At the time she was elected, Nicolee was exciting and new while Audrey Scott represented the old guard that seemed to be happy with the Republicans being a perpetual (and not very principled) minority party in Maryland, save for the more rural parts of the state. (In that respect it reminds me of the current Delaware GOP.) I’m not going to paint Diana Waterman with that same brush I used for Audrey Scott, but what I will say is that she’s not exactly going to take things in a new direction, either. Diana reminds me a lot of Larry Hogan, and not just in the fact both of them took on cancer and won.
Speaking of the governor: as I see it, the Ambrose-Waterman race is interesting enough for me to write about as a horserace, but what I want to know is what they would do about the real problem with the Maryland GOP: its titular head, Governor Larry Hogan.
What we saw in the 2018 elections was embarrassing: Larry Hogan lost what mojo he had as the opposition leader to Martin O’Malley with Change Maryland because he decided not to change the state that much from how it was the several terms before him. First he sold out the Eastern Shore farmers, then he sold out the people of Western Maryland, and finally he sold out two good conservative Republicans with the singular focus of a “drive for five” that fizzled badly. Given Larry’s distaste for Trump, I’m sure that Maryland has already been written off by the national GOP for 2020 so the Democrat majority in the House of Representatives isn’t going to be addressed in this state.
To be quite honest, if John Delaney had opted out of his quixotic bid for President and opted in to the 2018 governor’s race, we would be talking about Governor Delaney’s prospects for re-election two years hence. Despite Hogan’s poll-based popularity, I’m sure 30 percent of Democrats would not have crossed party lines to vote for Hogan because they were repelled by the far-left Ben Jealous if the more moderate Delaney were the 2018 standardbearer. (The Democrats may learn their lesson as the 2022 frontrunner seems to be Comptroller Peter Franchot, who is a progressive wolf in moderates’ clothing. He talks a good centrist game.)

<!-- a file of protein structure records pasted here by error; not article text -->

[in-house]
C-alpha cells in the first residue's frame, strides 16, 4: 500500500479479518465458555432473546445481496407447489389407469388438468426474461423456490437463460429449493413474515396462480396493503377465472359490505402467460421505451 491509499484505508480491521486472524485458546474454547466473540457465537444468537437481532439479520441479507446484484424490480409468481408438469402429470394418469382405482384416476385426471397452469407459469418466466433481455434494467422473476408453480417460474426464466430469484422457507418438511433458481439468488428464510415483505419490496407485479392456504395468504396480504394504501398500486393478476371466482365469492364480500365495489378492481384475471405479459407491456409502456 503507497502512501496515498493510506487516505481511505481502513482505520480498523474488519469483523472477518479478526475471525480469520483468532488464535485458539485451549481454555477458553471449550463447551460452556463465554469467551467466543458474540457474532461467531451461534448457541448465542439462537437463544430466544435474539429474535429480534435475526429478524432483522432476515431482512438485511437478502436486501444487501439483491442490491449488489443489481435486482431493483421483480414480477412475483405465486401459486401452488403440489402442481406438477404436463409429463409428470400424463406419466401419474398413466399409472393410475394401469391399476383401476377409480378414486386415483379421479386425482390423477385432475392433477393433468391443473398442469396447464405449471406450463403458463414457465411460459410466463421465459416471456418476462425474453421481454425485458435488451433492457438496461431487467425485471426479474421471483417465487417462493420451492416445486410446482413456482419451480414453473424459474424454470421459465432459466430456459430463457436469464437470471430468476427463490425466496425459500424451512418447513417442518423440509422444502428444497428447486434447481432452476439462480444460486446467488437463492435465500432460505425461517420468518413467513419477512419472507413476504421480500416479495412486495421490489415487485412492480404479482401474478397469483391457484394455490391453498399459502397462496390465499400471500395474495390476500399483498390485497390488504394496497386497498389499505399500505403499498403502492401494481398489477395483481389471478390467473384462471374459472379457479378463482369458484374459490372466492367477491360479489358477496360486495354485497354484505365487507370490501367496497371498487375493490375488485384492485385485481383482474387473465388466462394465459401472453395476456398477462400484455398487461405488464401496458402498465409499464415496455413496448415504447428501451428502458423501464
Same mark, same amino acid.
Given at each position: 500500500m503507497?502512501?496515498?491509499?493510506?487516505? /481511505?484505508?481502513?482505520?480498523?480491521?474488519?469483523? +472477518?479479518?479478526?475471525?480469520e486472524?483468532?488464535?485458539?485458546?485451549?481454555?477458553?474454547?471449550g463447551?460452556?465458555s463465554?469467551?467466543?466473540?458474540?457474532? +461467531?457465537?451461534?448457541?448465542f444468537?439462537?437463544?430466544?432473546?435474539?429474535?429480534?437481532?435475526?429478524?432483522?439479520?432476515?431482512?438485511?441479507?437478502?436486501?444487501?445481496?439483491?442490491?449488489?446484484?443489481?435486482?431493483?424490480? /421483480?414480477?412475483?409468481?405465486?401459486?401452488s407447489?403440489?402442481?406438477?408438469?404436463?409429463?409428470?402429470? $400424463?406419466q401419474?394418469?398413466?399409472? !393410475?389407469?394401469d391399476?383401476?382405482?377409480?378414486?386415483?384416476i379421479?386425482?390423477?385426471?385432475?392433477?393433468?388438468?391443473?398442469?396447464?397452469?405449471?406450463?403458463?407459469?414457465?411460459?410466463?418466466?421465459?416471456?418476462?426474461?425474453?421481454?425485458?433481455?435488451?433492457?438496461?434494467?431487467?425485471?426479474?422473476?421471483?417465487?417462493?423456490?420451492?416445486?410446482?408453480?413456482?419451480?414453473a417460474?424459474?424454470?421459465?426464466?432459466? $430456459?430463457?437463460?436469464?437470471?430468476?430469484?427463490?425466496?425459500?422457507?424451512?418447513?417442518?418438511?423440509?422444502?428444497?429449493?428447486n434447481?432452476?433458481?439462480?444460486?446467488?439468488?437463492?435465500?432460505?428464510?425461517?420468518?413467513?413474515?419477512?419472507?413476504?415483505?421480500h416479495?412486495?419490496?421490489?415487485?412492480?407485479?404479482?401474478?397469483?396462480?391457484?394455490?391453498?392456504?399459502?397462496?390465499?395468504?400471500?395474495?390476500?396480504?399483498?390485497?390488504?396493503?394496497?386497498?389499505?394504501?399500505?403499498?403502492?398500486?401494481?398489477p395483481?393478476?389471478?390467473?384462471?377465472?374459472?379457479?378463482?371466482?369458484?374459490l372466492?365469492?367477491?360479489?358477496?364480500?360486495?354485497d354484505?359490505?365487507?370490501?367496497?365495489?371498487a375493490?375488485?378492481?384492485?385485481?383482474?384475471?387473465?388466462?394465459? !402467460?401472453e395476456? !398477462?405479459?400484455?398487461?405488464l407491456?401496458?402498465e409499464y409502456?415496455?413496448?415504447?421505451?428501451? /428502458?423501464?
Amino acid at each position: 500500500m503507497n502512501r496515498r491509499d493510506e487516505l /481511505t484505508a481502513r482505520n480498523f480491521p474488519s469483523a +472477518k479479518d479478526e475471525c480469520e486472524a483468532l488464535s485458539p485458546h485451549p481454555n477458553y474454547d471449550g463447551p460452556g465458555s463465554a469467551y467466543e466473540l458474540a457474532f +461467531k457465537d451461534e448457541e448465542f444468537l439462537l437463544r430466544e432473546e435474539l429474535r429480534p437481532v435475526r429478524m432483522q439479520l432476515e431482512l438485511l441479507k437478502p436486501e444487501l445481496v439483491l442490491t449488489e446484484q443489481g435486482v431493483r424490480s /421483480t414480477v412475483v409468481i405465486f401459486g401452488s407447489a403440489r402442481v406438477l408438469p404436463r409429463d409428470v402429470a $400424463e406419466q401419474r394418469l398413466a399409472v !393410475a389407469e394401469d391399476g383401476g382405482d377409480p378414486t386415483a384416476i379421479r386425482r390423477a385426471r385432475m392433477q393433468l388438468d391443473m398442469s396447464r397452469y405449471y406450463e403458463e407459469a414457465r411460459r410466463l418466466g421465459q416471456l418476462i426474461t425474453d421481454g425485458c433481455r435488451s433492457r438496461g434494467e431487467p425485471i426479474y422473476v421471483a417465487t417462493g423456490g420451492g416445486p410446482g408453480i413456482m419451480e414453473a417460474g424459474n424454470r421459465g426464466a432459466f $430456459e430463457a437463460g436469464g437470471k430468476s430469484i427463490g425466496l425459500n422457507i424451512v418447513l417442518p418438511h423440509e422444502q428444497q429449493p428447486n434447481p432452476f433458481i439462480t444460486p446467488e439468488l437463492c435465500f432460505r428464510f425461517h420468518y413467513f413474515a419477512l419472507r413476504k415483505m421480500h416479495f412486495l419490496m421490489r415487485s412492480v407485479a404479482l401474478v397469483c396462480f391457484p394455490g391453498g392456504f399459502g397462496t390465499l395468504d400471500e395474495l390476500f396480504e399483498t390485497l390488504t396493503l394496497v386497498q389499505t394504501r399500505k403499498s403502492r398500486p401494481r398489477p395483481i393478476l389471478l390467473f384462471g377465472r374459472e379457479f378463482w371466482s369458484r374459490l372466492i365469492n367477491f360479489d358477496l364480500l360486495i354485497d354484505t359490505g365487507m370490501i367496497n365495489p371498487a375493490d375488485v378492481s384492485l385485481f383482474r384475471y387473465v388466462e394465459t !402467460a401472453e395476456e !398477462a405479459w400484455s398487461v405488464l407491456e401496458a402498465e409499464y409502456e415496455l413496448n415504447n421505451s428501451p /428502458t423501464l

Maryland as a state, though, faces a unique problem. Notwithstanding the recent Wuhan virus and government-caused economic meltdown, a Donald Trump who is more successful in draining the swamp leads to economic pain to certain regions of the state – regions which contain about 40 percent of the state’s voters. It’s become a statewide company town, and that company is the federal government. I’d love it, sitting here in Delaware as I do, if the federal government cut its budget in half, but those who toil for Uncle Sam would be staring at a financial pit not unlike the one workers at suddenly-shuttered businesses face at this very moment. It’s a case where the 60 percent in Maryland need to feel a little less empathy for their brethren at the ballot box but a little more at the collection box to help those who would be in need.
So it really doesn’t matter which Titanic deck chairs go where, because in my humble opinion the problem is more than either Ambrose or Waterman can address by themselves. They’re just there to pick up the pieces when the Maryland GOP game is up in 2022.